Not only did the 16-year-old keep his head in the treacherous conditions while all around him fell, ran off track or made other serious mistakes, he also managed to run at a pace simply inconceivable to the rest of the field. Fenati was over 1.5 seconds a lap quicker than the rest, and he went on to win by over 36 seconds. This was just his second ever race in the rain (he won the first one, naturally) and he still felt he lacked experience in the wet. His victory received the loudest round of applause in the media center all day.
With a damp but drying track, MotoGP got underway at Jerez, Spain this weekend with Jorge Lorenzo sitting once again at the pole position. A favorite to win at the Spanish track, Lorenzo’s bid for his second race win of the season would surely be challenged by fellow countryman Dani Pedrosa. Always unable to count out Casey Stoner, and with Nicky Hayden and Cal Crutchlow mixing things up at the front, the Spanish GP promised to have some good close racing, and its results will surely frame the discussion about who the contenders are the 2012 MotoGP Championship.
Writing about MotoGP is hard at the moment. There are so many great stories to tell – the astonishing rise of Romano Fenati out of nowhere in Moto3, the legion of Kalexes taking on Marc Marquez in Moto2, the frenetic pace of development among the CRT machines, the ascendancy of Dani Pedrosa as a challenger for Jorge Lorenzo and Casey Stoner, the rebirth of Cal Crutchlow as a serious force to be reckoned with, the HRC design gaffe that left the RC213V seriously afflicted by chatter, just to name a few – but it is hard to get around to telling them. Because the vast majority of fans only want to read about one single subject: the enigma of Valentino Rossi’s continuing battle with the Ducati Desmosedici, and his fall from championship contender to mid-pack straggler.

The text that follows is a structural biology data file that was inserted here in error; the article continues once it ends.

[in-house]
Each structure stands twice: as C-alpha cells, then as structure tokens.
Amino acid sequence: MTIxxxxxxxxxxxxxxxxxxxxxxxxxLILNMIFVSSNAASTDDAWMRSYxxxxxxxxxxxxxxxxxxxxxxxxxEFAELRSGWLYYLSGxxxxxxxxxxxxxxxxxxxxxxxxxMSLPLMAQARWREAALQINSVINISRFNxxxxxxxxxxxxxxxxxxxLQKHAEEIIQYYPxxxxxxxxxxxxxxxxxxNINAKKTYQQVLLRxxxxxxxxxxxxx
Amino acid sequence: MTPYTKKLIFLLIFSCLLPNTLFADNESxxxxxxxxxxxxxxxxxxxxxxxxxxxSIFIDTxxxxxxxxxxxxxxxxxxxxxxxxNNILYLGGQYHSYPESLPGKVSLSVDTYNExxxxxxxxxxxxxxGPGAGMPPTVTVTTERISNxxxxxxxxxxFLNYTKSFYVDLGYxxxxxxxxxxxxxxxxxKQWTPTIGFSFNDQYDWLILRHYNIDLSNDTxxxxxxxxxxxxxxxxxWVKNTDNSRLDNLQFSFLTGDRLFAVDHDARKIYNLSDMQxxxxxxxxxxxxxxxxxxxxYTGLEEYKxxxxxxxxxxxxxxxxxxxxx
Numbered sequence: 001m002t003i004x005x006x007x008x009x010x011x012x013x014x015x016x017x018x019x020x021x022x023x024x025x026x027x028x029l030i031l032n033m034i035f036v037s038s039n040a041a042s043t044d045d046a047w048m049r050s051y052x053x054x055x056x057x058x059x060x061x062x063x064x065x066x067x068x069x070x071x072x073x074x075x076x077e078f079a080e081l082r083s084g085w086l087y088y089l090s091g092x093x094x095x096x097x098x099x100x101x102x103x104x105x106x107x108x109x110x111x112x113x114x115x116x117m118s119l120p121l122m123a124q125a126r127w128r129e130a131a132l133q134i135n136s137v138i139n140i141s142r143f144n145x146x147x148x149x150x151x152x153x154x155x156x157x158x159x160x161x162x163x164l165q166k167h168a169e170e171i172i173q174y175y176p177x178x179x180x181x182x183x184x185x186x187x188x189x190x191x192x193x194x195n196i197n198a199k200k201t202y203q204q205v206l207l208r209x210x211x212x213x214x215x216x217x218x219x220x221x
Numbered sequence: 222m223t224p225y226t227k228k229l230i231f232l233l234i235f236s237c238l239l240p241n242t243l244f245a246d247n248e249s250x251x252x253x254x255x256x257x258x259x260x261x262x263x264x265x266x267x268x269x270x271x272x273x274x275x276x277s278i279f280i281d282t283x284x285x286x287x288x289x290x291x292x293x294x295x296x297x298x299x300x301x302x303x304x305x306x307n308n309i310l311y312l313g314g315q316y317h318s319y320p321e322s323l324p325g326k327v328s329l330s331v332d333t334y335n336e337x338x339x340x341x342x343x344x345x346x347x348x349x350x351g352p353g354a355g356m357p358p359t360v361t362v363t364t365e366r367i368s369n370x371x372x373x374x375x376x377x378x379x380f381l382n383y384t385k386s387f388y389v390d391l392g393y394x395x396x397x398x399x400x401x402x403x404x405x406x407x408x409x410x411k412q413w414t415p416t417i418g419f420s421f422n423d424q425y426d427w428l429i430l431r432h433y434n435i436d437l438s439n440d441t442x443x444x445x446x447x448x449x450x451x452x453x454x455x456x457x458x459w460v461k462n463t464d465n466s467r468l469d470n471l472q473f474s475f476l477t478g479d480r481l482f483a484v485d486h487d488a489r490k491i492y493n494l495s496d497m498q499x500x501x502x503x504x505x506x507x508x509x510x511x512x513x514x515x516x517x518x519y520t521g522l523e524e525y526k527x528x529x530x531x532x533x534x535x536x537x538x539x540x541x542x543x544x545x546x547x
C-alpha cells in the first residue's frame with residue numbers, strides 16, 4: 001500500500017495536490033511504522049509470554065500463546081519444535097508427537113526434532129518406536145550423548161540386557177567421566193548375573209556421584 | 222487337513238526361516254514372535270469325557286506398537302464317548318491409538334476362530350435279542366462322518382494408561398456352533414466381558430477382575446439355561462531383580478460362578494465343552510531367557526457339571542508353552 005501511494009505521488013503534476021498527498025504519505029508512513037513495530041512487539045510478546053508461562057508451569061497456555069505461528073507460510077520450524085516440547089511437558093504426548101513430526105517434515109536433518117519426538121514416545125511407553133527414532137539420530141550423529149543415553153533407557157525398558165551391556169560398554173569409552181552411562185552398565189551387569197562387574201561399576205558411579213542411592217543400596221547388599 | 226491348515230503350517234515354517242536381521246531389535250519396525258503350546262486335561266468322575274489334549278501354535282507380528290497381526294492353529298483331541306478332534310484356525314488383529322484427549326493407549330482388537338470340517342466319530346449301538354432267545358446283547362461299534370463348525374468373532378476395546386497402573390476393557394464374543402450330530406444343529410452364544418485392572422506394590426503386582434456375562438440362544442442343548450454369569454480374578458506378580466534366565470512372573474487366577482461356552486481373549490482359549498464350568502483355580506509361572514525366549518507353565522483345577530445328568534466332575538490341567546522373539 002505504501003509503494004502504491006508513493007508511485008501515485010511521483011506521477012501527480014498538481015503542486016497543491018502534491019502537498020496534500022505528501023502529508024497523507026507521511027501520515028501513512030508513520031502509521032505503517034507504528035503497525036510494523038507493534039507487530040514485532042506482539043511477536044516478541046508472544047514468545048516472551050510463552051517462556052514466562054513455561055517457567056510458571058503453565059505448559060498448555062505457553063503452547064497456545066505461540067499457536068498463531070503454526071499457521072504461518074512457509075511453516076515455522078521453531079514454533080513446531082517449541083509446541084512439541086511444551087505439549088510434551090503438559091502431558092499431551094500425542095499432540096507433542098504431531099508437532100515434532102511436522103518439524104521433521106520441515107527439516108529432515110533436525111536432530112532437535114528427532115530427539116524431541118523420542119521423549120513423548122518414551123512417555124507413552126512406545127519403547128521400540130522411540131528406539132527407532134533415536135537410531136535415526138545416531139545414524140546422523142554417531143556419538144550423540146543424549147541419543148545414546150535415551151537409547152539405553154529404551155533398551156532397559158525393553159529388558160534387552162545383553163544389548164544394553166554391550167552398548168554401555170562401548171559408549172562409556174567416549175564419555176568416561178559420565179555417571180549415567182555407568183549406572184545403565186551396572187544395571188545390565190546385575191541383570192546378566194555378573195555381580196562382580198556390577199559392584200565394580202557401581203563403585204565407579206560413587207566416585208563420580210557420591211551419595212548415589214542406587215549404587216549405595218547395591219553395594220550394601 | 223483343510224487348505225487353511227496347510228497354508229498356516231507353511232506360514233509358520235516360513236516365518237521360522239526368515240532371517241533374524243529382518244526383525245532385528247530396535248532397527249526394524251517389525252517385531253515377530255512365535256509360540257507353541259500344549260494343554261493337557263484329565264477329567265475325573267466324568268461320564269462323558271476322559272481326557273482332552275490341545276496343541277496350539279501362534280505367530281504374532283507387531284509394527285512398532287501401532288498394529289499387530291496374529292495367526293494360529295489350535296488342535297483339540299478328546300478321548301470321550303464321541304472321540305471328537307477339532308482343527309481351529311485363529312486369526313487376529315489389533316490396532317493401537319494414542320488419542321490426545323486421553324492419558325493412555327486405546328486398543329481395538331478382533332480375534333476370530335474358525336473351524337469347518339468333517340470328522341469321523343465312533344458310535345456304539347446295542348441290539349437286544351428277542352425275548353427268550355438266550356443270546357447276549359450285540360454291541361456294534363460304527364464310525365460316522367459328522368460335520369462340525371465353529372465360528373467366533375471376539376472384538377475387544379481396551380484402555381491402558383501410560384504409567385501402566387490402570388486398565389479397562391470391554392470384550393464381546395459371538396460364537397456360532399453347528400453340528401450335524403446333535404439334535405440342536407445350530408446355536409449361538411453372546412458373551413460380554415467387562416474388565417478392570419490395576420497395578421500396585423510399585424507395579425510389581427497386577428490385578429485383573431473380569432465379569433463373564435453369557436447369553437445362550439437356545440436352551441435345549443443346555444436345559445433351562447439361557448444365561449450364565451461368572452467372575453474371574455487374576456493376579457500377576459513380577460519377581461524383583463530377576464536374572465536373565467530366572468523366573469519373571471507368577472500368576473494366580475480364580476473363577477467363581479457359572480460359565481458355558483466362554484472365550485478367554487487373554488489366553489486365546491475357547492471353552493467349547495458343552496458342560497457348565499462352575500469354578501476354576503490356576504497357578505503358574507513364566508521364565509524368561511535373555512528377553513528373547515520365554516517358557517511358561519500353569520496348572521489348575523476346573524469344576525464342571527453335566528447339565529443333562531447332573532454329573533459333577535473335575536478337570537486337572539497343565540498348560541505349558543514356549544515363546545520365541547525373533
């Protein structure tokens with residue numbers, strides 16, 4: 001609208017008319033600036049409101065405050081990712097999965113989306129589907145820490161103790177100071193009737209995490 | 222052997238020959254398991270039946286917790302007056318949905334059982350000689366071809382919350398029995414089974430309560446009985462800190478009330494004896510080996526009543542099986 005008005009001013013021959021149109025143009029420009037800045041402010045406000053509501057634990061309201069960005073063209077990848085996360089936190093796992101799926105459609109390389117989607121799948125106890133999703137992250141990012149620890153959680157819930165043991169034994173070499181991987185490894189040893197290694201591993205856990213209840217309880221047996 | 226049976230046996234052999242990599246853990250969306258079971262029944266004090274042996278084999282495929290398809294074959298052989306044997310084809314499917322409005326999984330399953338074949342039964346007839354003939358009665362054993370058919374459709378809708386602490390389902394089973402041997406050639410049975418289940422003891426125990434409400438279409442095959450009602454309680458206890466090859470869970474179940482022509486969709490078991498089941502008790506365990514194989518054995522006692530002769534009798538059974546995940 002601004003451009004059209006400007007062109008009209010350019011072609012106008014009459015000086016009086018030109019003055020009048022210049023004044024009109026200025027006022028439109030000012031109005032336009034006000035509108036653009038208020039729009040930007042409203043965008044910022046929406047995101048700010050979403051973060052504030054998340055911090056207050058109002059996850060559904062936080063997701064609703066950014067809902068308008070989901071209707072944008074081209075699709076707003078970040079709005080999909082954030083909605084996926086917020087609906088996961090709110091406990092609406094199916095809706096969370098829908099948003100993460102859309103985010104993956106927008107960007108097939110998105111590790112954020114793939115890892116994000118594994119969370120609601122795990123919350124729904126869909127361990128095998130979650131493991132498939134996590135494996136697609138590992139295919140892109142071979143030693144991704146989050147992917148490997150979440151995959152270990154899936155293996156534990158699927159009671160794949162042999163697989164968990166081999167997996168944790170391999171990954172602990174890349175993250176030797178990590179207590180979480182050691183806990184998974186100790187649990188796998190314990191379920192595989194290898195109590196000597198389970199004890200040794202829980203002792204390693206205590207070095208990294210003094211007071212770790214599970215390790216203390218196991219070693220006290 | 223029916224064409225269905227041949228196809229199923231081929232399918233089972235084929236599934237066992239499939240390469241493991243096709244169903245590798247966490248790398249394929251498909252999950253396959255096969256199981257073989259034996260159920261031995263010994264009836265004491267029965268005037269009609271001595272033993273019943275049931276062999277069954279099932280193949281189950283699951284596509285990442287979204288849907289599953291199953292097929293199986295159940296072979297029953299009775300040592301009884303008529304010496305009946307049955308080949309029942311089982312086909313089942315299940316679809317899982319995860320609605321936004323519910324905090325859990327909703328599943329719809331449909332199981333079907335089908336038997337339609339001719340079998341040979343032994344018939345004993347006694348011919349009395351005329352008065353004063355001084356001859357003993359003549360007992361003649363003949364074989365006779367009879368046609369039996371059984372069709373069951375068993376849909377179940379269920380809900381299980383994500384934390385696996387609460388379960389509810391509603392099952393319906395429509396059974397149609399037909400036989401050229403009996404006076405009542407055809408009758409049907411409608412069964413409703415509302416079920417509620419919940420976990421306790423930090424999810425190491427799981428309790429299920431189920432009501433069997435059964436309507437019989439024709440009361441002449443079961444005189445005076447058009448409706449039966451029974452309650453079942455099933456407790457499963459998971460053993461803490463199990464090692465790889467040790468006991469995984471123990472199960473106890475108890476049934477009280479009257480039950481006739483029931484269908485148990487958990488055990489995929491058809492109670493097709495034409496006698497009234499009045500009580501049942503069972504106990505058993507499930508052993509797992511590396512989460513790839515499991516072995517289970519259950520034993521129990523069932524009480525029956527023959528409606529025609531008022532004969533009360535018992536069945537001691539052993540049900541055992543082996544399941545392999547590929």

With rain in all three of MotoGP’s Free Practice Sessions at Jerez, qualifying for the Spanish GP was unsurprisingly shaped by the weather. Getting a dry track with damp sections, riders were able to go out initially on slicks, though mid-way through it looked like rain could cut short the chance for lap-time improvements. The weather more or less cooperated though, only interrupting the qualifying briefly, though it did help make for some interesting results, with more than a few riders caught sliding along the asphalt.
There were plenty of big names to watch out for at Jerez, but the real star of the show was the weather. She turned out to be such a prima donna that she almost completely halted on-track action for the first session of MotoGP, though not so much through her ferocity as by her fickleness. A rain shower at the end of the previous Moto3 made the track just greasy enough for it to be no use for slick tires, and nowhere near wet enough to get any useful information from wets, and so the vast majority of the MotoGP grid spent all of FP1 suited up but twiddling their thumbs.